40 Keyboard Shortcuts for Microsoft Access

  • To do the below operations

    Press the following keys

    • Copy
    • Paste
    •  Cut
    • Ctrl+C
    • Ctrl+V
    • Ctrl+X

    Go to the Home tab.


    Show the shortcut menu for the selected item

    Shift+F10 or the Windows Menu key

    Open an existing database.

    Ctrl+O or Ctrl+F12

    Open the Print dialog box (for datasheets, forms, and reports).


    Open the Page Setup dialog box (for forms and reports).


    Open the Find tab in the find and Replace dialogue box in the Datasheet View or Form View.


    Open the Help window


    Open a new database


     Open an existing database

    Ctrl+O or Ctrl+F12

    Open the selected folder or file.


    Open the folder one level above the selected folder.


    Open the Look in List

    F4 or Alt+I

    Open the Save As dialog box.

    F12 or Alt+F, S

    Show or hide a property sheet


    Show or hide the Navigation Pane.


    17. Move the focus to a different pane of the window.


    Move to the next or previous field in the Datasheet View.

    Tab key or Shift+Tab

    Go to a specific record in the Datasheet View.

    Alt+F5, then, in the record number box, type the record number and press Enter

    Save a database object.

    Ctrl+S or Shift+F12

    Switch between Edit mode (with insertion point displayed) and Navigation mode in the Datasheet View or Design View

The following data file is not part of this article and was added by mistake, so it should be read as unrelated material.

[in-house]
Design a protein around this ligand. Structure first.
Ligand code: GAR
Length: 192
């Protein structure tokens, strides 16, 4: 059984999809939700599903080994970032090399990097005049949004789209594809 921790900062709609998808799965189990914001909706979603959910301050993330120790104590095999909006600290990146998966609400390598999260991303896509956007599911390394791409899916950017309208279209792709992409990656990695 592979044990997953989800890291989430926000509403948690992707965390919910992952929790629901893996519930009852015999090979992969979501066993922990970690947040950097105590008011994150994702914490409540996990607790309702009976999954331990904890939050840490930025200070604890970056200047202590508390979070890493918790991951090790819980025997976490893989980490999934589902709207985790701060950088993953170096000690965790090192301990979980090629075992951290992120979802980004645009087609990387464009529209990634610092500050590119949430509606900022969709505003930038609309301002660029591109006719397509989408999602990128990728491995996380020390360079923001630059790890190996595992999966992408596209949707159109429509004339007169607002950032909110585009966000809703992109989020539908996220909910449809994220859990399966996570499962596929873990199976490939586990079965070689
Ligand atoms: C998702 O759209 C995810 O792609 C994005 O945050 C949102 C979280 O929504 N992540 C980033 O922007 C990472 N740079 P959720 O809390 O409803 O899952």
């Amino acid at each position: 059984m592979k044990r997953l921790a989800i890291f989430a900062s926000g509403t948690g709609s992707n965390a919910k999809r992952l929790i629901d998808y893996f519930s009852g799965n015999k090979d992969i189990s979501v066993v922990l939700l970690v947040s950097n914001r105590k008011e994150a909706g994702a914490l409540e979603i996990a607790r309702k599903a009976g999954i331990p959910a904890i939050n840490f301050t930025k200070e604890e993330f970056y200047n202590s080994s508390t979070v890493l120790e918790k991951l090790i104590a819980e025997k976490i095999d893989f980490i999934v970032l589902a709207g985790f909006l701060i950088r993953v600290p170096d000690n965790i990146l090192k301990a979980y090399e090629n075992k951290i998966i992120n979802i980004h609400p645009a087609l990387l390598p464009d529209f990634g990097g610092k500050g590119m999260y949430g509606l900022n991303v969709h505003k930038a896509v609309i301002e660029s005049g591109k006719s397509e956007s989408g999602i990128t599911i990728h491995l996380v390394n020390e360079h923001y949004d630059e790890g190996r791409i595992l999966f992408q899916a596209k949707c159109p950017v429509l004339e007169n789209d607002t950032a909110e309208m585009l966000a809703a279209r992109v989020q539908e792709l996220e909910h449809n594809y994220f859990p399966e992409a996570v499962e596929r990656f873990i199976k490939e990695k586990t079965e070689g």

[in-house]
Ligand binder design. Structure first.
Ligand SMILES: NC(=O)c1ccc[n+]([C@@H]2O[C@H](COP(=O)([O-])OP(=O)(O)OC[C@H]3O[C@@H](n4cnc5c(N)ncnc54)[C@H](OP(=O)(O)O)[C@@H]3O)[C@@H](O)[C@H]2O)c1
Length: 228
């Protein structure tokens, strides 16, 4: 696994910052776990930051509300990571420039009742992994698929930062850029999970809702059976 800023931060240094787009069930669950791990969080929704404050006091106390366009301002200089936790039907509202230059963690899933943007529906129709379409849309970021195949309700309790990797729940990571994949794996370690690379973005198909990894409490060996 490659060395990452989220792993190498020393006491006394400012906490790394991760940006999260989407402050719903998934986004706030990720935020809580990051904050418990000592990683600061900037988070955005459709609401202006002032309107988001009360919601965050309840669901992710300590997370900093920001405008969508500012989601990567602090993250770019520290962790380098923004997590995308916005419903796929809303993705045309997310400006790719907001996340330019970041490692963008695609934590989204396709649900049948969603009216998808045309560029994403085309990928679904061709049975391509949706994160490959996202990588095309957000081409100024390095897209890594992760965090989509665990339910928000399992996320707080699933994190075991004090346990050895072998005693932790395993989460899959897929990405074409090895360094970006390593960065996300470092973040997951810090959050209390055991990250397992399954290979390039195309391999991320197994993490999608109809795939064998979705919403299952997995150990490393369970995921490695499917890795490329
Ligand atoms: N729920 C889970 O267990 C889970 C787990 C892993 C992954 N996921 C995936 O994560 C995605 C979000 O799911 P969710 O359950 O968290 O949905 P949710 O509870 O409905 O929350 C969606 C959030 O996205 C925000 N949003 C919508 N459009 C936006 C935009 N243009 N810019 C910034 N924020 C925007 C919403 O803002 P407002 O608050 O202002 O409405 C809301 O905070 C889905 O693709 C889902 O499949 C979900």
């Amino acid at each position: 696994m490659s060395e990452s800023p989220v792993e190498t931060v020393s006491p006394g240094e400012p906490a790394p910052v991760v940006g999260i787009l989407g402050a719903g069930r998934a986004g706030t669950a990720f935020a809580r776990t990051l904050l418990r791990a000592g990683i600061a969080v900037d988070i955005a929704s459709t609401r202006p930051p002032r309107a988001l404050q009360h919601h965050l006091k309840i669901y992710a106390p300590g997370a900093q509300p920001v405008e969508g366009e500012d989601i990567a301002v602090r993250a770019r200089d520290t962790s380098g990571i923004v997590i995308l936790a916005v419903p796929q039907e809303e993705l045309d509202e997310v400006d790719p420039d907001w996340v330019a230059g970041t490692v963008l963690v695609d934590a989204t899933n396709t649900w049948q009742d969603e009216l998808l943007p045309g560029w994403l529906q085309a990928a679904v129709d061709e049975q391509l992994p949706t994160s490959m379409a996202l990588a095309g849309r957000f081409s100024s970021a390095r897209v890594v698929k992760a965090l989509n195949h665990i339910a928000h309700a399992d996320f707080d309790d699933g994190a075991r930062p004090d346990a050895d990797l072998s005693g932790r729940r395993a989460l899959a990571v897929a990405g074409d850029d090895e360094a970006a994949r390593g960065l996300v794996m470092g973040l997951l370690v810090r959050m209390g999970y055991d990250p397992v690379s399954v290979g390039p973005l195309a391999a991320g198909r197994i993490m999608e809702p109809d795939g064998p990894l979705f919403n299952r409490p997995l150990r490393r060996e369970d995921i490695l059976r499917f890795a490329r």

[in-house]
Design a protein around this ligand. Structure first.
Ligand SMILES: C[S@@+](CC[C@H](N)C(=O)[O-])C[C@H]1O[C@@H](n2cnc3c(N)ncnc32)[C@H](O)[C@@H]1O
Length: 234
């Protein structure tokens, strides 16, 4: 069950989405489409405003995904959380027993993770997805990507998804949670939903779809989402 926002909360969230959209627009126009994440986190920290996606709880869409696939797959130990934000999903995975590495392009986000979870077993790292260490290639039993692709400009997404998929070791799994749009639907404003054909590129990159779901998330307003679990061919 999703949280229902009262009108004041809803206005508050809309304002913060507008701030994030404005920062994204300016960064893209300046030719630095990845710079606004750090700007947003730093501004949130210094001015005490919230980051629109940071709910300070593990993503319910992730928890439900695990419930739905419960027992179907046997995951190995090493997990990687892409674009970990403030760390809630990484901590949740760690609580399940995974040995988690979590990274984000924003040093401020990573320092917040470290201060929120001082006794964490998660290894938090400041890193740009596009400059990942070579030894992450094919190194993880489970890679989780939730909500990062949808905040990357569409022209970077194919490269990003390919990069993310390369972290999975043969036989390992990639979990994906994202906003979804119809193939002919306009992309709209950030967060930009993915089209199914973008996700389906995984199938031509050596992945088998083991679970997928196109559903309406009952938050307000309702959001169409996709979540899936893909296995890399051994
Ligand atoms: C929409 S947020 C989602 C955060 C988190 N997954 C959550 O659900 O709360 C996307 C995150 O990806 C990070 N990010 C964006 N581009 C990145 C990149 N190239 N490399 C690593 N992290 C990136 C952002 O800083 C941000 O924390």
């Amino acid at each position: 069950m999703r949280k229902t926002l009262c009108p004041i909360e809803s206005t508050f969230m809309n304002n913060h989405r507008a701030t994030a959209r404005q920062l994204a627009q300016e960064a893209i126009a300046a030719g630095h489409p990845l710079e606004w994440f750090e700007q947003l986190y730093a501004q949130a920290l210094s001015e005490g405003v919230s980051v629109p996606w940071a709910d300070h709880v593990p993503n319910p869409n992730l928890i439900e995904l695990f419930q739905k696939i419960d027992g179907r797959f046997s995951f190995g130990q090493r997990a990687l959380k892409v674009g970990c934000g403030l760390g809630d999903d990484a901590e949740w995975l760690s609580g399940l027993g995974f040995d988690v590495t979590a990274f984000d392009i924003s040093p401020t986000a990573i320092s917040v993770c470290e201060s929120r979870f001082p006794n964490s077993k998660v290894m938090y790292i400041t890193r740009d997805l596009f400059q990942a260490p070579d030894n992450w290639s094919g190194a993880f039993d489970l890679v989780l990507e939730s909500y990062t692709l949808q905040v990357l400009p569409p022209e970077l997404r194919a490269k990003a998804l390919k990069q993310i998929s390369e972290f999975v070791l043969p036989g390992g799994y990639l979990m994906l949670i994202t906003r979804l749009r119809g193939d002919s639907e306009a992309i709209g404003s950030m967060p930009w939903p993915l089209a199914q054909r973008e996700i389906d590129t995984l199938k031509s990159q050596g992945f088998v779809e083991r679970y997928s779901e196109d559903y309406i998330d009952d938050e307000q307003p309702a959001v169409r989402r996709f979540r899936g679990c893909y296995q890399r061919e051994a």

Switch to the Form View from the form in the Design View.


     Switch between the Visual Basic Editor and the previous active window.


    Undo typing.

    Ctrl+Z or Alt+Backspace

    Undo changes in the current field or current record.

    If both the current field and current record have been changed, press Esc twice to undo changes, first in the current field, then in the current record.

    Insert the current date.

    Ctrl+Semicolon (;)

     Insert the current time.

    Ctrl+Shift+Colon (:)

    Insert the default value for a field.


     Insert the value from the same field in the previous record.

    Ctrl+Apostrophe (‘)

    Add a new record.

    Ctrl+Plus sign (+)

    In a datasheet, delete the current record.

    Ctrl+Minus sign (-)

    Save changes to the current record.


    Switch between the values in a checkbox or option button.


     Insert a new line in a Short Text or Long Text field.


     Display the complete hyperlink address (URL) for a selected hyperlink.


    Open the Zoom box to conveniently enter expressions and other text in small input areas.


    Copy a screenshot of the entire screen to the clipboard.

    Print screen

     Copy a screenshot of the current window to the clipboard.

    Alt+Print screen

     Display the full set of commands on the task pane menu.

    Ctrl+Down arrow key

    Exit Access


Brittney Javorka

Data Specialist I